Elaine Sexton is the author of Sleuth and Causeway, both from New Issues. Her poems, reviews, essays, and art criticism have appeared in American Poetry Review, ARTnews, Art New England, Prairie Schooner, Poetry, River Styx, New Letters, the Writer’s Chronicle (AWP), and numerous other journals. She teaches a poetry workshop at the Writing Institute at Sarah Lawrence College, works in magazine publishing, and lives in New York City.
Also by Elaine Sexton
"Elaine Sexton knows how to raise autobiography to the level of true poetry, and this knack has much to do with her use of surprise. Just when we think we know where one of her poems is going, we step into air. Sleuth leads us carefully into her life through a series of bracing verbal delights."
"Elaine Sexton’s poetry is furious and unstoppable — and it is all the more so because it insinuates itself into our consciousness with such love and exquisite tenderness. Underneath that tenderness, though, is a relentless will to forego the inessential, to take the measure of the real, to uncover the secret and silent engines of our human grief. It’s hard to know what to praise more in these poems: their beautiful surfaces or their depths, which verge, in poem after poem, on the oceanic. This is a book of great valor and awareness."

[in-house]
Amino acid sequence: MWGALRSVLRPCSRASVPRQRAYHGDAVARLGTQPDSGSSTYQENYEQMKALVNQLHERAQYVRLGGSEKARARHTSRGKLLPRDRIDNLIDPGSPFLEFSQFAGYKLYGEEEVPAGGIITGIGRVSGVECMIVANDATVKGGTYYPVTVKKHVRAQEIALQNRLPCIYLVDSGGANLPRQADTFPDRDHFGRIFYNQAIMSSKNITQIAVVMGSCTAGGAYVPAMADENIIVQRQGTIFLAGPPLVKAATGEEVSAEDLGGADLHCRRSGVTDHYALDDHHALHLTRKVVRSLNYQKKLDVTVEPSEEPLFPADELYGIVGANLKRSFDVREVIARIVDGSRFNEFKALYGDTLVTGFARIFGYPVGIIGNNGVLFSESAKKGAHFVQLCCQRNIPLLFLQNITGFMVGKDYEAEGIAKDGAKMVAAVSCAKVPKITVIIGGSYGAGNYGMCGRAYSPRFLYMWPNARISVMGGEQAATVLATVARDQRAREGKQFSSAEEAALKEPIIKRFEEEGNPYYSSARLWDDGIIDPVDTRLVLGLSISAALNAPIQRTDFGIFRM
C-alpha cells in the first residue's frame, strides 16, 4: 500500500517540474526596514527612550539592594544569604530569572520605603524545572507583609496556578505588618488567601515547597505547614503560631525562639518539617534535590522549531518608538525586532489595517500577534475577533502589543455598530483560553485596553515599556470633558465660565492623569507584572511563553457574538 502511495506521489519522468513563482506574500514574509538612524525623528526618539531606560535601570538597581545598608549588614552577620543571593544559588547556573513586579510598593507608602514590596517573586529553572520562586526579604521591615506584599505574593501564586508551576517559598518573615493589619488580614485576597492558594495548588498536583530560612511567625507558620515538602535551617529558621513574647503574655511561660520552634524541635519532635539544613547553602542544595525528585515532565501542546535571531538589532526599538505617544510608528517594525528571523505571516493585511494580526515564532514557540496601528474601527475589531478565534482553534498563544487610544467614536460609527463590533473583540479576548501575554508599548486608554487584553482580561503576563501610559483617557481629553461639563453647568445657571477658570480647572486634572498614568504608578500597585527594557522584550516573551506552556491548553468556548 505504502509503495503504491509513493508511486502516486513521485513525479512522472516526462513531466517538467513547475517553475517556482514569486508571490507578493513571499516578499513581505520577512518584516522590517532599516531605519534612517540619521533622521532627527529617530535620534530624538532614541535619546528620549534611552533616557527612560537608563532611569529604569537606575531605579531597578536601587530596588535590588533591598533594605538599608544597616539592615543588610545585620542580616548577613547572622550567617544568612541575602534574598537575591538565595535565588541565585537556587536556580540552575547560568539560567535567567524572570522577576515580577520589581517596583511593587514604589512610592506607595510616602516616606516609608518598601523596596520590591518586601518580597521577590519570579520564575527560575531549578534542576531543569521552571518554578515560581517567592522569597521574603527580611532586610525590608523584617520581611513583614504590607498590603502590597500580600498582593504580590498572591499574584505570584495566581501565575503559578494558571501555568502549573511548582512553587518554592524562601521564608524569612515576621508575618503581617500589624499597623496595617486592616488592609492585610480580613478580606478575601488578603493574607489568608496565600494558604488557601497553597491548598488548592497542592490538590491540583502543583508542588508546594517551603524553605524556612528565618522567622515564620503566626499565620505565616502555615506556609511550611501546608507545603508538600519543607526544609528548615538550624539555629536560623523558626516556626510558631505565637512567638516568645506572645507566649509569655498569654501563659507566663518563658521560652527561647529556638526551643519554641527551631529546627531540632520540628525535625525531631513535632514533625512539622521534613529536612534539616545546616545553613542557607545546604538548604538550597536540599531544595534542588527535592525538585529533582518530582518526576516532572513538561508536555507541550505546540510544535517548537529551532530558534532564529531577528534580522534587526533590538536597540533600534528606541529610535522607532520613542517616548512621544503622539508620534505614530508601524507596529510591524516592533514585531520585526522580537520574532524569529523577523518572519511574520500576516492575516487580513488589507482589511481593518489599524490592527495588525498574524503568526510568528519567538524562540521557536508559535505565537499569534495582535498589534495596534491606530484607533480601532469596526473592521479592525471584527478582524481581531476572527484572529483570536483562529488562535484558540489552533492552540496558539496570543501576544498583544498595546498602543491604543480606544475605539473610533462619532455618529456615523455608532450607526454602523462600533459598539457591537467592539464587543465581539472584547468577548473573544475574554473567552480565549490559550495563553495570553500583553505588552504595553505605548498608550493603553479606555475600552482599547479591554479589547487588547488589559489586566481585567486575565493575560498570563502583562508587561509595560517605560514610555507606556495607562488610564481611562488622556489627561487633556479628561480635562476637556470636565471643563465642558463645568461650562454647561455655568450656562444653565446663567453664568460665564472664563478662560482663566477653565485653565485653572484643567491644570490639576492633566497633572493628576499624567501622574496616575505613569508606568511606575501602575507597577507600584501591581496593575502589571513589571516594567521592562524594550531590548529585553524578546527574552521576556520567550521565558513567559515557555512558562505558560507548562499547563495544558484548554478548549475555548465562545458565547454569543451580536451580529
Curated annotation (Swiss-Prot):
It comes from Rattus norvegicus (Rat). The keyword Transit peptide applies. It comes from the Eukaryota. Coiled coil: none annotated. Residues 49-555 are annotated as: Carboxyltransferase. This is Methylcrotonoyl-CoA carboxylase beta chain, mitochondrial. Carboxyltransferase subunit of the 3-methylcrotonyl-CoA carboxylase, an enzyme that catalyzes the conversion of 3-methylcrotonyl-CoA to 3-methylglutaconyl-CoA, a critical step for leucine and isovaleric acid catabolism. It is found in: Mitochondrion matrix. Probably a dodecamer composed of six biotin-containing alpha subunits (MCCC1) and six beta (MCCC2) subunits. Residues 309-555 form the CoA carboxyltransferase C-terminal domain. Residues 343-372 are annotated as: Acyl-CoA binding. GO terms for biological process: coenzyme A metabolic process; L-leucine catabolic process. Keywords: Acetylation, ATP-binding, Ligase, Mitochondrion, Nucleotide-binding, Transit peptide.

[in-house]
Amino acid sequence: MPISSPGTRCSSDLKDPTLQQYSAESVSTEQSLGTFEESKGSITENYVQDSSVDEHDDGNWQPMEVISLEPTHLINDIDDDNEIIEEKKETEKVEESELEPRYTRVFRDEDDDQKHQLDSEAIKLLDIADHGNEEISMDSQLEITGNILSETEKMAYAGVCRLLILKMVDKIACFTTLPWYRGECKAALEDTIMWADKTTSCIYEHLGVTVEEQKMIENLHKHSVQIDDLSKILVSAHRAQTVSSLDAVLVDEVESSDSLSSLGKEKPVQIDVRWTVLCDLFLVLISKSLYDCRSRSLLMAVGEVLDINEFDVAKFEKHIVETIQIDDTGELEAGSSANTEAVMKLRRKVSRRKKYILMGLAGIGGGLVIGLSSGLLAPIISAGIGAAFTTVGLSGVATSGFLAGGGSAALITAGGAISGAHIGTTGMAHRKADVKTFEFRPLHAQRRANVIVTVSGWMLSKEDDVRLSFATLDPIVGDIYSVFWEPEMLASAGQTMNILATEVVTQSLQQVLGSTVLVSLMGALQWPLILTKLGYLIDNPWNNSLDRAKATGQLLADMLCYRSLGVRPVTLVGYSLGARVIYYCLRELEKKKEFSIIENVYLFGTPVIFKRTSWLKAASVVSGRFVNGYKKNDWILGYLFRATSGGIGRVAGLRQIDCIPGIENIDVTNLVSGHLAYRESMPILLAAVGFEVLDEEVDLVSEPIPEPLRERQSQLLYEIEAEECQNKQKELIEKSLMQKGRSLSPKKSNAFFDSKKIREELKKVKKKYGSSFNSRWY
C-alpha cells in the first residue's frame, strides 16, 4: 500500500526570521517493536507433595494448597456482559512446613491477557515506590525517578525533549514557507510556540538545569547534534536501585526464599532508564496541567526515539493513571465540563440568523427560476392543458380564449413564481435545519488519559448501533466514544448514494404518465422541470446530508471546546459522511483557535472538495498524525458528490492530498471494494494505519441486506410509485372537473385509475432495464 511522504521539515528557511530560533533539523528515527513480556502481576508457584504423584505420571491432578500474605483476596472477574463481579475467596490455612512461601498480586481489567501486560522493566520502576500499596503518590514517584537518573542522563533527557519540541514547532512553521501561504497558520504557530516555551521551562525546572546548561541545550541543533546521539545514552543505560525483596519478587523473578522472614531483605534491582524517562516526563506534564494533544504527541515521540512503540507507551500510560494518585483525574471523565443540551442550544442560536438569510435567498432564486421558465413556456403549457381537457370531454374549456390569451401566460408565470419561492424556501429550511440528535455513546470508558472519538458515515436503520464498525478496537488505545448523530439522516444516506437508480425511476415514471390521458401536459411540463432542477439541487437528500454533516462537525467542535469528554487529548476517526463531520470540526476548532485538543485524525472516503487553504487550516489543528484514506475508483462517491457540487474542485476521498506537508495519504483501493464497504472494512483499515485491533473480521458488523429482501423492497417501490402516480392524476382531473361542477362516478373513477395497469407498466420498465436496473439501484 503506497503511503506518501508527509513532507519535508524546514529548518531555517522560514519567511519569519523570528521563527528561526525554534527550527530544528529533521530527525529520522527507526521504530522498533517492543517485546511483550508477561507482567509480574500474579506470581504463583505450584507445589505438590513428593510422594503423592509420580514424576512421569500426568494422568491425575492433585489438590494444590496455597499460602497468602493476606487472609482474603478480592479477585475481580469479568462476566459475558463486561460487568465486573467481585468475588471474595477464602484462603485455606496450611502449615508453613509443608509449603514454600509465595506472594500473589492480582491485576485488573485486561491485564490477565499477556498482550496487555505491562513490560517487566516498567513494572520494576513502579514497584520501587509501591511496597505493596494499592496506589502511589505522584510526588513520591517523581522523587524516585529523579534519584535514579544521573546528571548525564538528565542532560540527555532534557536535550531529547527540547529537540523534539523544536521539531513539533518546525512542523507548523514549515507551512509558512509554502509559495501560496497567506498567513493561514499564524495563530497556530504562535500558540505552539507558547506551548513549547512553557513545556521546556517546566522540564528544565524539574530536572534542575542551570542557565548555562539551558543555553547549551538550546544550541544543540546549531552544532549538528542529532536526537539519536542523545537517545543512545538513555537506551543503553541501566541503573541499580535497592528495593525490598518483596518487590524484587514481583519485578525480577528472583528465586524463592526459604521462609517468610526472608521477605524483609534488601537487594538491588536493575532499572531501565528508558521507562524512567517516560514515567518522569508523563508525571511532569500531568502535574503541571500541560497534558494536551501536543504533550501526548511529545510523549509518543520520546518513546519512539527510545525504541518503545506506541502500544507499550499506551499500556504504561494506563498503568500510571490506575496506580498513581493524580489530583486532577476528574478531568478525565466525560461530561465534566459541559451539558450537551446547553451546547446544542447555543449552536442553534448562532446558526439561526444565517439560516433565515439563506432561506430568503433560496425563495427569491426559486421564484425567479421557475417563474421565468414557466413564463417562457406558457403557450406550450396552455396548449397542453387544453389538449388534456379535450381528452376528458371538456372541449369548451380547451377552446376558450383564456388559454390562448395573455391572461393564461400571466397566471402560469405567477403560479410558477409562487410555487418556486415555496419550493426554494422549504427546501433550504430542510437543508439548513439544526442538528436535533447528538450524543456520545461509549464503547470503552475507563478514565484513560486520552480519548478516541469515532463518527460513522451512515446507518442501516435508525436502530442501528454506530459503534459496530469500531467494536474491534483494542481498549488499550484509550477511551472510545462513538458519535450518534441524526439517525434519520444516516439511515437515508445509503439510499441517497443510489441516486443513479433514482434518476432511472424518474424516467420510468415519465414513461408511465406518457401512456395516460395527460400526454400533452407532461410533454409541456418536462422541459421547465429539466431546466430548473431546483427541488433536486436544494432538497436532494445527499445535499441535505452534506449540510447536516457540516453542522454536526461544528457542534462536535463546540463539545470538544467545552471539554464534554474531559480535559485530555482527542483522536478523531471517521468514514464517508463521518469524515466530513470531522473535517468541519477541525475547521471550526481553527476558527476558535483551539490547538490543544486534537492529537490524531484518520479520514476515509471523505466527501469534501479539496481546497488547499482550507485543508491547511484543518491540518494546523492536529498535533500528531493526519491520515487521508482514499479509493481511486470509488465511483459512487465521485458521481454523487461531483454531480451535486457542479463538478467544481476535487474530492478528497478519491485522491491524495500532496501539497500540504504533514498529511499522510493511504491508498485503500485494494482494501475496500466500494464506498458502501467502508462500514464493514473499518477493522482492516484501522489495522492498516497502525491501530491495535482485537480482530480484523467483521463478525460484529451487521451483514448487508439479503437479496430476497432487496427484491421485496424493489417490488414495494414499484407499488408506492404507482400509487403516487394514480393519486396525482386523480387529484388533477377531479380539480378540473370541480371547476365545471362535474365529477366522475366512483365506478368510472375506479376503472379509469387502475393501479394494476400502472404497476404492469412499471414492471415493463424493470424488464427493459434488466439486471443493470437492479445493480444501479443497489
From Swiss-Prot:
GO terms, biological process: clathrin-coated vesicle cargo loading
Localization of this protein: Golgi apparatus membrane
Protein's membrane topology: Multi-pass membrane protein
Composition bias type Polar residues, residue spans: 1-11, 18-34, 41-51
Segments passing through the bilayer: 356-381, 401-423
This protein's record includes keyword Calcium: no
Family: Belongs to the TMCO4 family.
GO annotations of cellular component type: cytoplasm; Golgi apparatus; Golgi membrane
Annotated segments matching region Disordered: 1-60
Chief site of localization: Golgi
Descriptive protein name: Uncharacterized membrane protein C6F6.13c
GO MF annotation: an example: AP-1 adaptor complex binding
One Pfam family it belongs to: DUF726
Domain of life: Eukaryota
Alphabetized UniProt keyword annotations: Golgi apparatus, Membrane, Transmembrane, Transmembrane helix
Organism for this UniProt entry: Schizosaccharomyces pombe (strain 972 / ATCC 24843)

"When I first saw Elaine Sexton’s poems, I was impressed by their bright intelligence, their fierce gaze and crisp language. Now I see she was always the Sleuth intent on knowing the mysteries — and it’s that hard bright gaze that redeems the ordinary sorrow in this book and celebrates, without sentimentality, the restorative love here too."
"‘Could I get more specific?’ Elaine Sexton asks rhetorically in a poem about her mother selling the World Book door-to-door. The charm of this first book is indeed its specificity. Poem after poem unfolds with crisp detail and subtle metaphors that take us by surprise. ‘Nothing,’ she writes, ‘is safe from poetry,’ and with a sure hand she proves it."
"Together, Sleuth's two major perspectives — memory and discovery — mark an identity in flux, still defining itself, still developing. Sexton has a talent for capturing the mechanics of self-exploration. Though intensely personal, she never slips into sentimental introspection, thanks in part to a detached, forensic mood, and to a detective's eye for the all-revealing detail that might otherwise have gone unnoticed."
"Sleuth, Elaine Sexton's first collection, is on of those wonderful books that keeps calling you back and offering new surprises and pleasures."